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Maddie Corman: Acting ‘Desperate’


Maddie Corman grew up doing theater in Irvington, where her mother was key to the revitalization of the Irvington Town Hall Theater, now a fixture on the arts scene in Westchester.

She lives in Dobbs Ferry, married to Jace Alexander, an in-demand TV director whose work ranges from “Rescue Me” to “Raising Hope” to “Prison Break.” He is the son of the actress Jane Alexander, who lives a stone’s throw away. Corman and Alexander have three kids: Isabelle Moon and twins Mac and Finn.



Now, Corman (who grew up Maddie Cornman, but dropped the “n” when she went pro) is doing theater in New York, having made her Broadway debut last fall in “Next Fall.”

Tonight, she opens Off-Broadway at the Union Square Theater (100 E. 17th St.), in the one-act “Desperate Writers,” the story of two writers who will go to great lengths to have their script heard. It’s part screwball comedy, part harrowing Hollywood tale and Corman plays Ashley — one of the writers.

Here’s my Q&A with Maddie Corman.

Q: “Desperate Writers” is all about getting the script in the right hands. How did this script, by Joshua Grenrock and Catherine Schreiber, end up in your hands?

A: I knew Catherine as a producer of NEXT FALL… when she decided to do her play in NYC, she sent me the script. The timing was right and here I am playing Ashley in Union Square!

Q: It’s a script by a male writer and a female writer about a male writer and a female writer trying to sell a script. Was this art imitating Joshua and Catherine’s life?

A: Pretty much. Joshua and Catherine are screenwriters who came this close to selling their scripts on many occasions and many of the scenarios in DESPERATE WRITERS are based on their “real life” Hollywood experiences. But the two playwrights are not a couple whereas in the world of the play, David and Ashley are in a relationship which I think raises the stakes even higher.

Q: How long have you been attached to it?

A: I’ve been on board since February of this year.

Q: What attracted you to it?

A: I think that anyone in the arts — and, honestly, anyone just trying to do what they love — can relate to the desperation that Ashley feels in this play. I was drawn to that honest element in an otherwise wacky comedy. I love being silly but I think that the best comedy comes from a place of truth. When I read the script, I laughed but I also saw a chance to really tell the story of an artist pushed over the edge. Plus, I get to wield a gun and kiss the boy.

Q: Your husband must be flooded with scripts. How full is your nightstand with scripts?

A: My nightstand is cluttered with scripts and kids’ books and all kinds of things I should be reading. Jace’s nightstand is much neater and more organized. Plus, he seems to read things on his iPad whereas  I still like good old-fashioned paper.

Q: The last time we spoke, you were readying for your Broadway debut in “Next Fall.” Talk about that experience and what you take away from that.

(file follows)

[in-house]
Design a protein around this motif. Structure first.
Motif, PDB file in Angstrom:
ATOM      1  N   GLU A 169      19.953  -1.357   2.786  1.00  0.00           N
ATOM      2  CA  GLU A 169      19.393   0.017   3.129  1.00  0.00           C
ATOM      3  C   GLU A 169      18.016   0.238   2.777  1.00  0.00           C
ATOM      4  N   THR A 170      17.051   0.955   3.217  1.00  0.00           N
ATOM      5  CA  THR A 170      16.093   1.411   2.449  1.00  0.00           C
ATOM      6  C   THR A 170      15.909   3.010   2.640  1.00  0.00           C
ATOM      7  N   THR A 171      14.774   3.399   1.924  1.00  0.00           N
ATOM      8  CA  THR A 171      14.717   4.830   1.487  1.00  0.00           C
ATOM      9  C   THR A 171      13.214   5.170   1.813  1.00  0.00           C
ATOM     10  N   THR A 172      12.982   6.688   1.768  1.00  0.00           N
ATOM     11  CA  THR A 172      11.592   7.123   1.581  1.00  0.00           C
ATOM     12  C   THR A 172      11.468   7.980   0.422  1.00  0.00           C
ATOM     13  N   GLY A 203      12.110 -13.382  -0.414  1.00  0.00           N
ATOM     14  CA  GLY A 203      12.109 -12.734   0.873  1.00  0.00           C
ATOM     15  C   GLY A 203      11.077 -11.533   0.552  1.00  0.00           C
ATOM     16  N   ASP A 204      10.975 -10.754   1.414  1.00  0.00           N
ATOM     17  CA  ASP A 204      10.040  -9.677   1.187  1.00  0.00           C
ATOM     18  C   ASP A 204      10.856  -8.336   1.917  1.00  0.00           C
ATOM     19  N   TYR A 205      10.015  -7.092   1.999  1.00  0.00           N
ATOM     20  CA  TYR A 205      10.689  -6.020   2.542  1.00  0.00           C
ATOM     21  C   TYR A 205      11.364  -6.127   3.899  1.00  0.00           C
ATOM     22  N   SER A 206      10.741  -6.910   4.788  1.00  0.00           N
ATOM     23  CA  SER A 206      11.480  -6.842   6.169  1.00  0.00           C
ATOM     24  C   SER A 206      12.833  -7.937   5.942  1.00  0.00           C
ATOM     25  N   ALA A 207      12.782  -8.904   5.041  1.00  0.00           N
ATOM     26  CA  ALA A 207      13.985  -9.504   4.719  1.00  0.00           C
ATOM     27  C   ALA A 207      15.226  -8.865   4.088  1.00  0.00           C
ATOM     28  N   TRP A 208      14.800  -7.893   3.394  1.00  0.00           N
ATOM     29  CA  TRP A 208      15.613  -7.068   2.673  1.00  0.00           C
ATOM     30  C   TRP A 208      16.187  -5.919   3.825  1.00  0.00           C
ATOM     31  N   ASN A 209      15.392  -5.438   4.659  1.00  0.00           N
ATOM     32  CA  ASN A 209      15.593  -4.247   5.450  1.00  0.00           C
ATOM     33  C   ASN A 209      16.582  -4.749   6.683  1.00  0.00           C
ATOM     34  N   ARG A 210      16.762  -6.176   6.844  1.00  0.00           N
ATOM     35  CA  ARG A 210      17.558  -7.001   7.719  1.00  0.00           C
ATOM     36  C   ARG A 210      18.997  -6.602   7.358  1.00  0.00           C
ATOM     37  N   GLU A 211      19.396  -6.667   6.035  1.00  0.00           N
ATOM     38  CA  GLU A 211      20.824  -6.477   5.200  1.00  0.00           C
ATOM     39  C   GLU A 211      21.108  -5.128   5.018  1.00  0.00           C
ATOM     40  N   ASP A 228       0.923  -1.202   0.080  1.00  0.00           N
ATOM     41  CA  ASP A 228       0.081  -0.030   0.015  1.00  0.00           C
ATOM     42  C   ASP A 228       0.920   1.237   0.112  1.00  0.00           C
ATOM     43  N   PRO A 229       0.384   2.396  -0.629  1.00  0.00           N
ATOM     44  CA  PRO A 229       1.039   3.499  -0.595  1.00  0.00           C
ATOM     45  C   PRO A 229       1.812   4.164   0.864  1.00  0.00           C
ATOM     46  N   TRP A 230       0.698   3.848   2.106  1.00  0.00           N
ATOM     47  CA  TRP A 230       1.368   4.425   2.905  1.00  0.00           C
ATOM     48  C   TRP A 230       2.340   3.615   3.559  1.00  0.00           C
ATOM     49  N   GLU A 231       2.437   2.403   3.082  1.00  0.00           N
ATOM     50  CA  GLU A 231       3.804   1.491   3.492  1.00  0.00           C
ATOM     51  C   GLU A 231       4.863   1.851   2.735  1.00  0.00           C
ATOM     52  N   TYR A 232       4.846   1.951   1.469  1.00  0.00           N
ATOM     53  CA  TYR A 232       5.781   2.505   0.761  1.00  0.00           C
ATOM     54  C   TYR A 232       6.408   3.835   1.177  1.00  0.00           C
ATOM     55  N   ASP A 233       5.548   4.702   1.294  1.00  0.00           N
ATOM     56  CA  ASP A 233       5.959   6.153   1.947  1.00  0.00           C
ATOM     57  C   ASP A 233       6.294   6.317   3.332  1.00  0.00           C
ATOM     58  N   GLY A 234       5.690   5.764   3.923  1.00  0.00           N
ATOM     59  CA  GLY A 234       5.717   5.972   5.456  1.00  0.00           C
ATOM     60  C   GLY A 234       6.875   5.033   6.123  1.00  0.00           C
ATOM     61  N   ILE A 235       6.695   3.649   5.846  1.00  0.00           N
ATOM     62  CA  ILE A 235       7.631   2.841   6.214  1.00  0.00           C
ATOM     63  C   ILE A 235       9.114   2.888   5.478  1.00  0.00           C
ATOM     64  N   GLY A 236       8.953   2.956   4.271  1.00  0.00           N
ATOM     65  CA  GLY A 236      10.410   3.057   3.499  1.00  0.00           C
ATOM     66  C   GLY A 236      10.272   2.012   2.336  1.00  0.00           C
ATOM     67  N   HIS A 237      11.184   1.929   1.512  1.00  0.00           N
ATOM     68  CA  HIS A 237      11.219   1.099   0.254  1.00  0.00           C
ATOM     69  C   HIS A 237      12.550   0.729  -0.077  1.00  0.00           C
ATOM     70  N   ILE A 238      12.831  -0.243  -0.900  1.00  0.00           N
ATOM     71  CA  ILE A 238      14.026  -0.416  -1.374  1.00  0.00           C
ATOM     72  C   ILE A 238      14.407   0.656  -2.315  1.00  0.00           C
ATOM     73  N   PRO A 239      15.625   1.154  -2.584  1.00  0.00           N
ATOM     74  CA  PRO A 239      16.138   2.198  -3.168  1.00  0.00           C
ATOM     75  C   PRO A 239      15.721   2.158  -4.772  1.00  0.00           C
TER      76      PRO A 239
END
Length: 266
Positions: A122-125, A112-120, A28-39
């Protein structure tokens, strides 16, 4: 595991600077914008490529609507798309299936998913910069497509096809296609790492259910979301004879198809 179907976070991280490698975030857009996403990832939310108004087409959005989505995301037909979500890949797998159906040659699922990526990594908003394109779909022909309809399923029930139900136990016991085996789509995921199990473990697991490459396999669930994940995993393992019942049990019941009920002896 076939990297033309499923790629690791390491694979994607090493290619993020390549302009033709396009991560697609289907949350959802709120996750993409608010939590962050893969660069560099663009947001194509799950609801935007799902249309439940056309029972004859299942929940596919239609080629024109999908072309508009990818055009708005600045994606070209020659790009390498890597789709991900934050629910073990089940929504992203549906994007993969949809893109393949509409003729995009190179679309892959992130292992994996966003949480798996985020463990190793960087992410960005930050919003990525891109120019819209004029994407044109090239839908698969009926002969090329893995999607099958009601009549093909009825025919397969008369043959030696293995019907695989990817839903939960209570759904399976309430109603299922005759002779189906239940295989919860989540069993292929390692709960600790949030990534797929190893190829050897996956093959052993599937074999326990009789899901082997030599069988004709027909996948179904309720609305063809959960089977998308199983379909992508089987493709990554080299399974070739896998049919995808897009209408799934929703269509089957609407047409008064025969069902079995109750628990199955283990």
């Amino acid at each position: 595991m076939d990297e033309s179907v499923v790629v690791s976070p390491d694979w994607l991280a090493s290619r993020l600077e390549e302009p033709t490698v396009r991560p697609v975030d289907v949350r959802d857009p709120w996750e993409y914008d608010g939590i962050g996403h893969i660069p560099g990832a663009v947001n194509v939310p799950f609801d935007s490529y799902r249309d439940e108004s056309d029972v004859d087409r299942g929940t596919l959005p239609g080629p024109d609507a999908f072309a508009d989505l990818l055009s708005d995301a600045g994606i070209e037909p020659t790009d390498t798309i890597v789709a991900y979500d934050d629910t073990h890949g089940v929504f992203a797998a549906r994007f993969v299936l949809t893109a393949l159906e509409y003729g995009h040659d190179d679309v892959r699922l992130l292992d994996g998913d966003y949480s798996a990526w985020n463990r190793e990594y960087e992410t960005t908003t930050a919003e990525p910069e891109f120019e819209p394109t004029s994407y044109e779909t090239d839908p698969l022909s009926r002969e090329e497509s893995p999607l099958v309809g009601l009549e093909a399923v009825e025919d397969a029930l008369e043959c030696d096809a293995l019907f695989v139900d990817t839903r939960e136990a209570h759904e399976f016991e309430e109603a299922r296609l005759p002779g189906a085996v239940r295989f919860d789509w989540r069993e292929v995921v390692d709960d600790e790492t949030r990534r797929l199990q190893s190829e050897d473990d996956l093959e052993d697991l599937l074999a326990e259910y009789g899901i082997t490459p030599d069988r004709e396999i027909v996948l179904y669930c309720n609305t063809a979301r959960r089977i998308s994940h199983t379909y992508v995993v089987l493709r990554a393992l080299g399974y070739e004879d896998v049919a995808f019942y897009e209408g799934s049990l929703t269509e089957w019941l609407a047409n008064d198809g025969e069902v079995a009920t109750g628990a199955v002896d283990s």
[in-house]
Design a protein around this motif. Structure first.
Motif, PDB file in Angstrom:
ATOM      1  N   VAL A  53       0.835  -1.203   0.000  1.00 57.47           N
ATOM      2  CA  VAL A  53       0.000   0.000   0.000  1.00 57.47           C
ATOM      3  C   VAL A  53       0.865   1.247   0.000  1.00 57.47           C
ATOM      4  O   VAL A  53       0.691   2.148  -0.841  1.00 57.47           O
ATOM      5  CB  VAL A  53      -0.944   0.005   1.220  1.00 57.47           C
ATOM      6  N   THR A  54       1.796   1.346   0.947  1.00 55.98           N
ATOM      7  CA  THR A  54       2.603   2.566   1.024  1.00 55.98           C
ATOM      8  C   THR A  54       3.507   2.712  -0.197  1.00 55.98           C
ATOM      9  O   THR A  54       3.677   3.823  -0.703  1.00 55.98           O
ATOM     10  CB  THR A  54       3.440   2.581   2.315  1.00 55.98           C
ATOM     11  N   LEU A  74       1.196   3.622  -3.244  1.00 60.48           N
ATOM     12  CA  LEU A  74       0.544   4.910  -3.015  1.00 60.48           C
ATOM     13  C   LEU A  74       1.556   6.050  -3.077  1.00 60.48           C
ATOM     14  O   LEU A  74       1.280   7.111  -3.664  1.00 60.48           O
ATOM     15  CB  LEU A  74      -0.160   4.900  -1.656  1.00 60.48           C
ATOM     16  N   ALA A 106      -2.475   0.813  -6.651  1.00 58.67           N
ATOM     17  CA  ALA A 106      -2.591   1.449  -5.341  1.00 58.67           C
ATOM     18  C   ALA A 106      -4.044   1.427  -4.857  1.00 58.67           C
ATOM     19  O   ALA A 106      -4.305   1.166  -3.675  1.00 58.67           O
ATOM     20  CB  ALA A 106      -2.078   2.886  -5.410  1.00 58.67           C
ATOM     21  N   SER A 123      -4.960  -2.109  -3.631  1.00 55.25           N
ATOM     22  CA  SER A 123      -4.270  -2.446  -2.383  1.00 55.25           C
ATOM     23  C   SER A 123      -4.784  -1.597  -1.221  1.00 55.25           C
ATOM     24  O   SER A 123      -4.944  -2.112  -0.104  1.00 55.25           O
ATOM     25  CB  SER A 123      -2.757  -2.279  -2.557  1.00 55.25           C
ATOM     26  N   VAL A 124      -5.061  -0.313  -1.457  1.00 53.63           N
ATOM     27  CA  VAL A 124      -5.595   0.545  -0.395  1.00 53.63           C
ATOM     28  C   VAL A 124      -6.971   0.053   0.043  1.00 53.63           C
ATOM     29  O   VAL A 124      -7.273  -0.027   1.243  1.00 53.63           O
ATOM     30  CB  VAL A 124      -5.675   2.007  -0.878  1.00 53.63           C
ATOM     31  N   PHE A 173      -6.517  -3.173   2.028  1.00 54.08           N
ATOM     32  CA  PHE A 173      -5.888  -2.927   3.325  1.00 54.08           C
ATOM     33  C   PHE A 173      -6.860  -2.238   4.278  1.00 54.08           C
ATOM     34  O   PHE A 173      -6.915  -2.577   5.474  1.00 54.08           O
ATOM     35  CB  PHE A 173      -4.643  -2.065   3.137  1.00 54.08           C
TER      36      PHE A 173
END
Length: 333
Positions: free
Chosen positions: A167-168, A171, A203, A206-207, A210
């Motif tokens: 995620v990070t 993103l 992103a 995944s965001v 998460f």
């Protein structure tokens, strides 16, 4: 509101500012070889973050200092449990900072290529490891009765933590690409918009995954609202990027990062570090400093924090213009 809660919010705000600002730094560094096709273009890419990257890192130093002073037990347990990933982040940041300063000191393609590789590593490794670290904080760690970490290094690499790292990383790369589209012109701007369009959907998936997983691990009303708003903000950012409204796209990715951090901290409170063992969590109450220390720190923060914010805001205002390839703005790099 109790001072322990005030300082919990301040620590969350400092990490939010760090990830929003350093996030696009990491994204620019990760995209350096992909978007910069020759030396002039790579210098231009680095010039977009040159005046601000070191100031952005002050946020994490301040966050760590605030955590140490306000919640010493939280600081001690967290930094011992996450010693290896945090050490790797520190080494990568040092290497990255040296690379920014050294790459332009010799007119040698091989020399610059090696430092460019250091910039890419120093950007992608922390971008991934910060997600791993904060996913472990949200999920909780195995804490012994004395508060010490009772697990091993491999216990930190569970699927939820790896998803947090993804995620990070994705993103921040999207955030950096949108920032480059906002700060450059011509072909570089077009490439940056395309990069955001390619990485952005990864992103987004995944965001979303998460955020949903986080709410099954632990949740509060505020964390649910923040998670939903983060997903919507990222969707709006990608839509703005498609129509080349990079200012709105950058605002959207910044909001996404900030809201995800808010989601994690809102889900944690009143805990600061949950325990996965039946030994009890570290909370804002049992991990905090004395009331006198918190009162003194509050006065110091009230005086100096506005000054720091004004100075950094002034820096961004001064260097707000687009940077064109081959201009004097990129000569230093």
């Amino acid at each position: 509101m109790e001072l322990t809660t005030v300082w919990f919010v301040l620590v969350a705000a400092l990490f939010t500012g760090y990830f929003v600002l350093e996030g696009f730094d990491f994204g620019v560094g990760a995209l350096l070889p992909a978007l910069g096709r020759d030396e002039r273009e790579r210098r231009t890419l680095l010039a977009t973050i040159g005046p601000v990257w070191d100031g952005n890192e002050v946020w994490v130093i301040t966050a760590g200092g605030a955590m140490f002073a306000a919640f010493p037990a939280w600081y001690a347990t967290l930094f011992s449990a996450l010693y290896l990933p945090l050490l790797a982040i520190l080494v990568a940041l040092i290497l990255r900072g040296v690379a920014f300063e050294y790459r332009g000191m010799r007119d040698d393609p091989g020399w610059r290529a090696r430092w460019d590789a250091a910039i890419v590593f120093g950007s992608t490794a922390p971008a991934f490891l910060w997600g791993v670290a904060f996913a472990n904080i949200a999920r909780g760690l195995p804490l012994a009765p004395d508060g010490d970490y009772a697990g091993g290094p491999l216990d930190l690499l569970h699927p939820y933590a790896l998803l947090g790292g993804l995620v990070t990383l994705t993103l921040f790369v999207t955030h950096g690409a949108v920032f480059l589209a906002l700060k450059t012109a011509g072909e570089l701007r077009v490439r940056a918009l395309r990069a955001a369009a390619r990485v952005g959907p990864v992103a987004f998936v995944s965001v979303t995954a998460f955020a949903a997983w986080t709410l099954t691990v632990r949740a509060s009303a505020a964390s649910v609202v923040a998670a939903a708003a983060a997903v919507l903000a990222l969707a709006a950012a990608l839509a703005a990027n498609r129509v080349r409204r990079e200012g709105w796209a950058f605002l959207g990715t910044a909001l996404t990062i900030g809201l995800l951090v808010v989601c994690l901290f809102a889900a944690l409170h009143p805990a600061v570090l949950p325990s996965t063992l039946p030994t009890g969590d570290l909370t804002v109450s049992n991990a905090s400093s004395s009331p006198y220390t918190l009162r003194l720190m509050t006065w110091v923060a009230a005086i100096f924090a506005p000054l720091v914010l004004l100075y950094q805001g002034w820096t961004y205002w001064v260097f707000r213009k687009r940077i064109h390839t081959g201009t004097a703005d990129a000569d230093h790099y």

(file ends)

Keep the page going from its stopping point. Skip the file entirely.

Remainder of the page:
A: That experience was dreamy. It was kind of perfect. I will probably never be able to put it into words or even into an interpretive dance, but it was fulfilling on every level. I loved being Holly and I loved telling that incredible (dare I say, important) story every night on Broadway where I’d dreamed of performing since I was 6 years old. I truly loved every actor in the company as well as our writer and director and producers. Most of them will be there for “Desperate Writers” opening night! It sounds corny but it just was one of those blessed experiences and I was old enough to recognize that and appreciate (almost) every moment.

Q: Does having a Broadway credit make it easier?

A: NEXT FALL put me back on lists I’d fallen off of. I had been focusing on my kids for many years and that show put me back into the world of theatre.

Q: Ashley, your character, knows what she wants and she’ll go to great lengths to get it. What’s the most outlandish thing you’ve done to advance your career?

A: Wow, Pete, this is a family newspaper, right? Kidding… I’ve never done anything too wacky but I have certainly fantasized about holding certain producers at gunpoint.

Q: Ashley is a woman who desperately wants her big break—and a baby. You are a woman who has three kids and is commuting to Union Square from Westchester for eight shows a week. Who has it tougher?

A: Ashley. She’s in that primal space of desperately wanting a baby and needing a job. I am desperate for sleep, but i wouldn’t trade my life for anyone’s. My kids are hilarious and amazing and even though commuting is not fun, I get to live in a sweet, lovely town.  Though I do sometimes pray for rainy Sundays (my day off) so that we can all cozy up at home vs. running to various soccer/softball/baseball games!

Photo by Carol Rosegg: Maddie Corman and Jim Stanek in “Desperate Writers” at Union Square Theater.

Desperate Writers will be performed on the following schedule at Union Square Theater (100 East 17th St., at Park Avenue South): Monday at 8; Tuesday at 7; Wednesday at 3 and 8; Thursday and Friday at 8; Saturday at 3 and 8. Dark Sundays. $65. www.Ticketmaster.com or 800-982-2787. Go to the Desperate Writers website.


This entry was posted on Monday, June 6th, 2011 at 6:00 am by Peter D. Kramer.



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